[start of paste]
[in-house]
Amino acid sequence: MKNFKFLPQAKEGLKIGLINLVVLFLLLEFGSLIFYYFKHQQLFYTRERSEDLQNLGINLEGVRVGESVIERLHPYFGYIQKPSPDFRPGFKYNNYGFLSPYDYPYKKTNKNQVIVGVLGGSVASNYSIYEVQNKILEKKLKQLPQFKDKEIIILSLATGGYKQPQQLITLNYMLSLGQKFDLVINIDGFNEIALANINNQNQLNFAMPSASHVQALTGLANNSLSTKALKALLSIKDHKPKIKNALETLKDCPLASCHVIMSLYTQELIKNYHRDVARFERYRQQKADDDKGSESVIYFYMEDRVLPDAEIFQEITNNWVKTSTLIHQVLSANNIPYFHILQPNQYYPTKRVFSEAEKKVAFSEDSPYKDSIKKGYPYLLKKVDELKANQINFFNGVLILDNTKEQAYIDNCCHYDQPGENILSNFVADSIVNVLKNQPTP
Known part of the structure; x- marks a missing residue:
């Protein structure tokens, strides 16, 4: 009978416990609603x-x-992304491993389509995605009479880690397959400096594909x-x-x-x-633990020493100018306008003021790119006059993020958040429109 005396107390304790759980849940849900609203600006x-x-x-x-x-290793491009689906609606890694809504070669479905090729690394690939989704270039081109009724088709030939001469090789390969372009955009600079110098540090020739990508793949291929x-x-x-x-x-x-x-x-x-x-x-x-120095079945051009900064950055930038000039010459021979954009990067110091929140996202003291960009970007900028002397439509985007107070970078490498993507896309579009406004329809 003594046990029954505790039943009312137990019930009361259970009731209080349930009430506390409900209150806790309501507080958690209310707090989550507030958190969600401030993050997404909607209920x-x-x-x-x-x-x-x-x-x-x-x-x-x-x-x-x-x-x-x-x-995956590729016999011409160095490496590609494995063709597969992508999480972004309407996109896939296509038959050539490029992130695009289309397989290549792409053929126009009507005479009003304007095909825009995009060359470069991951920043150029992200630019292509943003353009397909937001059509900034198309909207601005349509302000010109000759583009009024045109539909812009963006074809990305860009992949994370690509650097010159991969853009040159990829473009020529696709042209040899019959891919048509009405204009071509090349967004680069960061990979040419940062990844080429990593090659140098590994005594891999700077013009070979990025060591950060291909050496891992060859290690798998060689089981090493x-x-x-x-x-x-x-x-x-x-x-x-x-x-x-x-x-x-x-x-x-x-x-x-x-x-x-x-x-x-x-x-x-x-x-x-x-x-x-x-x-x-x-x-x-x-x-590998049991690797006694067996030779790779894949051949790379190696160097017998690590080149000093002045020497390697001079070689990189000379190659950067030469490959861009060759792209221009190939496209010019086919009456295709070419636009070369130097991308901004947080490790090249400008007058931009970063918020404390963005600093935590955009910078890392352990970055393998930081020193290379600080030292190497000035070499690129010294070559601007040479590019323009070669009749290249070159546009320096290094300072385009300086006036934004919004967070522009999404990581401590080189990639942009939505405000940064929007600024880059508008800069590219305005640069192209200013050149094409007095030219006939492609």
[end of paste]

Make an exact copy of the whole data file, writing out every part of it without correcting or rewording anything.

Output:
[in-house]
Amino acid sequence: MKNFKFLPQAKEGLKIGLINLVVLFLLLEFGSLIFYYFKHQQLFYTRERSEDLQNLGINLEGVRVGESVIERLHPYFGYIQKPSPDFRPGFKYNNYGFLSPYDYPYKKTNKNQVIVGVLGGSVASNYSIYEVQNKILEKKLKQLPQFKDKEIIILSLATGGYKQPQQLITLNYMLSLGQKFDLVINIDGFNEIALANINNQNQLNFAMPSASHVQALTGLANNSLSTKALKALLSIKDHKPKIKNALETLKDCPLASCHVIMSLYTQELIKNYHRDVARFERYRQQKADDDKGSESVIYFYMEDRVLPDAEIFQEITNNWVKTSTLIHQVLSANNIPYFHILQPNQYYPTKRVFSEAEKKVAFSEDSPYKDSIKKGYPYLLKKVDELKANQINFFNGVLILDNTKEQAYIDNCCHYDQPGENILSNFVADSIVNVLKNQPTP
Known part of the structure; x- marks a missing residue:
């Protein structure tokens, strides 16, 4: 009978416990609603x-x-992304491993389509995605009479880690397959400096594909x-x-x-x-633990020493100018306008003021790119006059993020958040429109 005396107390304790759980849940849900609203600006x-x-x-x-x-290793491009689906609606890694809504070669479905090729690394690939989704270039081109009724088709030939001469090789390969372009955009600079110098540090020739990508793949291929x-x-x-x-x-x-x-x-x-x-x-x-120095079945051009900064950055930038000039010459021979954009990067110091929140996202003291960009970007900028002397439509985007107070970078490498993507896309579009406004329809 003594046990029954505790039943009312137990019930009361259970009731209080349930009430506390409900209150806790309501507080958690209310707090989550507030958190969600401030993050997404909607209920x-x-x-x-x-x-x-x-x-x-x-x-x-x-x-x-x-x-x-x-x-995956590729016999011409160095490496590609494995063709597969992508999480972004309407996109896939296509038959050539490029992130695009289309397989290549792409053929126009009507005479009003304007095909825009995009060359470069991951920043150029992200630019292509943003353009397909937001059509900034198309909207601005349509302000010109000759583009009024045109539909812009963006074809990305860009992949994370690509650097010159991969853009040159990829473009020529696709042209040899019959891919048509009405204009071509090349967004680069960061990979040419940062990844080429990593090659140098590994005594891999700077013009070979990025060591950060291909050496891992060859290690798998060689089981090493x-x-x-x-x-x-x-x-x-x-x-x-x-x-x-x-x-x-x-x-x-x-x-x-x-x-x-x-x-x-x-x-x-x-x-x-x-x-x-x-x-x-x-x-x-x-x-590998049991690797006694067996030779790779894949051949790379190696160097017998690590080149000093002045020497390697001079070689990189000379190659950067030469490959861009060759792209221009190939496209010019086919009456295709070419636009070369130097991308901004947080490790090249400008007058931009970063918020404390963005600093935590955009910078890392352990970055393998930081020193290379600080030292190497000035070499690129010294070559601007040479590019323009070669009749290249070159546009320096290094300072385009300086006036934004919004967070522009999404990581401590080189990639942009939505405000940064929007600024880059508008800069590219305005640069192209200013050149094409007095030219006939492609």